The government wields wartime laws to bypass injustices which would otherwise prevent them from detaining civilians and subjecting them to military confinement, using the war on terror to justify instances such as the cases of al-Marri and Padilla. Acts such as these have since then been supported and condoned by the passage of legislation created under the pretense of striking at terrorism. Among the legislation passed supporting the violation of civil liberties is the USA PATRIOT Act, first passed in October of 2001 as a direct response to Bush’s declaration. The Act is broken down into ten titles, each of which provide measures for the government to take in the prevention of acts of terror. The culmination of these titles creates legislation which lowers the government’s burden of proof when engaging in criminal investigations, allows for increased surveillance, and for warrantless searches to be conducted that cannot be rejected by a judge if possible terrorism is suspected. These allowances, far from providing the safety and security proponents of the war on terror claim they do, have instead put wrongly accused in military detainment to suffer horrendous treatment and dehumanization. One such victim was Mohammed Akhtiar, who became a suspect under the scant fabricated evidence supposedly leaked by an acquaintance who wished him ill. The provisions of the PATRIOT Act made it possible for Akhtiar’s innocence to be ignored, and for him to be held without appropriate proof or suspicion of wrongdoing, resulting in three years of imprisonment, beatings, and ruthless interrogation.

 

As well as the grossly over exuberant application of wartime laws, the U.S twists the provisions of the PATRIOT Act and the nation’s state of war to serve other purposes: namely the crack down on other criminal activity that would ordinarily fall under ordinary law enforcement. The only time that wartime laws should ever be evoked is during times of war against those whom we are at war with, therefore generic criminal activity and drug trafficking should never fall under the umbrella of wartime penalties. As they do not relate directly to terrorism and the battle against it thereof, nor should the provisions of the PATRIOT Act apply to criminal cases. The United States is taking advantage of the PATRIOT Act’s anti racketeering laws to crack down on related crimes in a blatant overuse of power that’s disguised under the noise of the war on terror.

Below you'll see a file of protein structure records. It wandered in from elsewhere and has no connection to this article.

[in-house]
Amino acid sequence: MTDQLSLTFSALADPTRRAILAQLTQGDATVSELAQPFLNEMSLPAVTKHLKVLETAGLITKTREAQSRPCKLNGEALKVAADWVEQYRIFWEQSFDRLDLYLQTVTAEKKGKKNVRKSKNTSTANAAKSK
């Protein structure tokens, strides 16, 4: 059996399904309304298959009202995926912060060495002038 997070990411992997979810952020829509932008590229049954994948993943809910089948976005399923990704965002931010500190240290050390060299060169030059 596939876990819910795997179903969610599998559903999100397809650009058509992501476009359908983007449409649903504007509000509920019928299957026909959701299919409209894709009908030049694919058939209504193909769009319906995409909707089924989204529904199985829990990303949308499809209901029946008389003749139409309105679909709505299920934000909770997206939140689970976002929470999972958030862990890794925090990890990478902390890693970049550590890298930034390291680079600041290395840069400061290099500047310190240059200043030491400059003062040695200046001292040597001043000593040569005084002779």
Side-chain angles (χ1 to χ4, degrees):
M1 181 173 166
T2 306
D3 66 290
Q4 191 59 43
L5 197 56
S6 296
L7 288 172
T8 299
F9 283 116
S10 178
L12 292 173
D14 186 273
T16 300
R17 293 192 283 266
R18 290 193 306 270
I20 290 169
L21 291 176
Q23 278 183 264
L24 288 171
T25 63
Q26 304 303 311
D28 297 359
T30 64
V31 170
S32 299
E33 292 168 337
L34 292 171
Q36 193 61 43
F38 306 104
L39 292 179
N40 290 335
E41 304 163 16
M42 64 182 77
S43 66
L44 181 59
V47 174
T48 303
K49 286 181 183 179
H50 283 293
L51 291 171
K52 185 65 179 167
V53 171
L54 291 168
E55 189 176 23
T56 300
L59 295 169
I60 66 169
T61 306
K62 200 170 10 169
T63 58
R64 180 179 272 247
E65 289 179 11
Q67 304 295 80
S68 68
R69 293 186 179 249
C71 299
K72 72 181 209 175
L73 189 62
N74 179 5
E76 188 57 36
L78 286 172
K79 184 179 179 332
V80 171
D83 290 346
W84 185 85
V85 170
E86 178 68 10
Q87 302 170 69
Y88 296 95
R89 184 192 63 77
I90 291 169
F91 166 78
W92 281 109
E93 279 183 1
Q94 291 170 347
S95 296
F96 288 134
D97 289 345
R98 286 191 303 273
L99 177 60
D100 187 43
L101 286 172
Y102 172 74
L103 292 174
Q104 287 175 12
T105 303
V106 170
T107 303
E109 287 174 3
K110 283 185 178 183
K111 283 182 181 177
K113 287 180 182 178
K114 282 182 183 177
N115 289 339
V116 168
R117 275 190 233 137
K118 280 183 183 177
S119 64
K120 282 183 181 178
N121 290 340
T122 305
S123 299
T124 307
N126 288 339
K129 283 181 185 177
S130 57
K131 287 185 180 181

The proponents of this fight condemn acts of militant terror while engaging in a version of it themselves. The U.S military, safely ensconced in  the protection of the PATRIOT Act and the Extraordinary Rendition Program detained- often violently- hundreds of Afghans without probable cause and justification, while denying them all but a few legal rights and subverting Uniform Code of Military Justice in allowance. These actions do not only impact those directly involved, nor the entire nation, but the entire world. U.S citizens grow accustomed to this constant war against terror- more specifically how it applies to the Middle East and the government’s perpetuation of stereotypes concerning terrorism. The U.S uses the war on terror as a propaganda tool to incite patriotism and demonize those who don’t fit the American ideal, normalizing the rampant violence committed against suspected terrorists in acts all sanctioned by the law. People trust what the government says, and the government tells us that utilizing militant law against all threats is a point of pride.

 

For the past fourteen years the United States has engaged in prolific military use, stretching and rewriting the confines of the law to sanction abominable acts against other human beings. War rhetoric guides legislation to the point where civil liberties are void in suspects of terrorism and citizens may be considered enemy combatants and treated as such. This has birthed such an age of violence and fear that it’s become imperative that the United States remove itself from the war on terror.